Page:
A £352bn (€485bn) coalition of 20 investors coordinated by campaign group ShareAction are calling on leading firms to commit to using 100% renewable power. The investors are calling on companies to demonstrate their commitment by signing up to join the ‘RE100’ initiative, where firms pledge to switch to 100% renewable electricity for their international operations by an agreed date. Google and BMW have joined in the past week. Founding investors include Aviva Investors, Strathclyde Pension Fund, Environment Agency Pension Fund, French pension fund ERAFP, Norwegian fund KLP and Menhaden Capital (see separate article from Strathclyde’s Richard Keely).
Environmental data firm Trucost has expanded its EBoard service, a tool providing company data and portfolio analytics on carbon and broader natural resource dependencies, to offer an energy transition toolkit to manage portfolio alignment to two degree energy transition pathways and divestment criteria.
Trucost and US supplier of ESG-focused technology and analytics, TruValue Labs, have announced a new partnership to provide investors with enhanced, real-time environmental, social and governance (ESG) data. It is hoped clients will get a complete and up-to-date understanding of a company’s environmental performance and evolving management.
The Global Green Growth Institute, which fosters sustainable economic growth in developing countries, has launched the ‘Inclusive Green Growth Partnership’ to support finance for green growth projects that promote inclusiveness, shared prosperity and equitable growth. The funding members of the Partnership include leading development banks such as the Asian Development Bank, African Development Bank and the Inter-American Development Bank.
The Norwegian municipality of Oslo has become the first to be listed on the Oslo Børs’ green list. The Oslo Børs is the first stock exchange to have separate lists for green bonds – currently there are 10 issues, reportedly valued at NOK14.6bn.The Science Based Targets initiative, a joint endeavour by the CDP, the UN Global Compact, World Resource Institute (WRI) and World Wide Fund for Nature (WWF) seeking to catalyse action on C02 emissions, has announced that 114 companies (with a combined annual emissions of 476m tonnes of C02) have now committed to set a science-based target to reduce emissions. Included on the list are: AXA Group, Bank J. Safra Sarasin, ING, Procter & Gamble and Coca-Cola. Link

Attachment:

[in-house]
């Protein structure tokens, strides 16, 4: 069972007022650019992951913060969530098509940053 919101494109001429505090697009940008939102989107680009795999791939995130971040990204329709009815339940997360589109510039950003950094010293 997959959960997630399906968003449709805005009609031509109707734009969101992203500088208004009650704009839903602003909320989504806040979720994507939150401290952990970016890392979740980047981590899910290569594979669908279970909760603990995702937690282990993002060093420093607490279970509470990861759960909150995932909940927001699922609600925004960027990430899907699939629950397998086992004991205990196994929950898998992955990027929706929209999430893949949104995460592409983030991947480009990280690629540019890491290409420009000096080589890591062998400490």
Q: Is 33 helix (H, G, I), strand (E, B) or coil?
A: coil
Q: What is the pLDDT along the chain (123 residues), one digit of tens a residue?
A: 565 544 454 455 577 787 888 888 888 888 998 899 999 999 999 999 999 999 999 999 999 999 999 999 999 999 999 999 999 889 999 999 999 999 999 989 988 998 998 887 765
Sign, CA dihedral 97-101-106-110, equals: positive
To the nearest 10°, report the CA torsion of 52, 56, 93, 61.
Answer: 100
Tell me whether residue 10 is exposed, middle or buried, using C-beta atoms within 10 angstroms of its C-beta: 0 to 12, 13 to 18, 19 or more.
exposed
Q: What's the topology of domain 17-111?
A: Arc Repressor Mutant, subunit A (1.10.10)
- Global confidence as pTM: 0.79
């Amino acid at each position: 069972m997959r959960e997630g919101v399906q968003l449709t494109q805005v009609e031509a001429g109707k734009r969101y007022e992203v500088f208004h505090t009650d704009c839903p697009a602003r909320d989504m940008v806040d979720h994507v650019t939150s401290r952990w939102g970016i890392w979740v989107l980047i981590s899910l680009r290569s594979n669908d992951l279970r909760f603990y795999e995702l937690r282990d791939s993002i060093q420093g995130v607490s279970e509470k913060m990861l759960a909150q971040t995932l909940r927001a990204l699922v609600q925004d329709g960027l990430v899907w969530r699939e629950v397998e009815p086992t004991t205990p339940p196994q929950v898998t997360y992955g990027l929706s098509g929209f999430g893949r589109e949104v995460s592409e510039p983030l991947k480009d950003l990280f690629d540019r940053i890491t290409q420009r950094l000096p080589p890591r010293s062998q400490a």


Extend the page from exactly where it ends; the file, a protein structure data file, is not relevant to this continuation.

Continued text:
Sweden’s Minister for International Development Cooperation Isabella Lövin is set to announce that the Swedish Government will increase its support to expanding renewable energy infrastructure in developing countries, with SEK20m going to the World Bank Scaling up Renewable Energy Programme (SREP) and SEK15m to the UN Secretary-General’s Sustainable Energy for All (SE4ALL) initiative.
Northern Trust Asset Management has released a survey of more than 30 Nordic institutional investors, reportedly including some of the largest asset owners in the world, which demonstrates that 80% of those surveyed expect their firm to introduce climate risk profiling within the next two years. Ninety percent also expected internal resourcing and the amount of capital allocated to governance and compliance to increase. The survey also cites quality of data as a key challenge to implementing a sustainable investment strategy, with 30% of those surveyed recognising this as an issue.
Caring for Climate (C4C), an initiative jointly convened by the UN Global Compact, UN Environment Programme (UNEP) and the secretariat of UN Framework Convention on Climate Change (UNFCCC), gathered more than 700 participants over two-days from business, finance, government, civil society and the United Nations (including UN Secretary-General Ban Ki-moon; France’s Minister of Environment, Sustainable Development and Energy, Ségolène Royal, and Secretary of State of the United States John Kerry) to discuss the role of the private sector in advancing the climate agenda.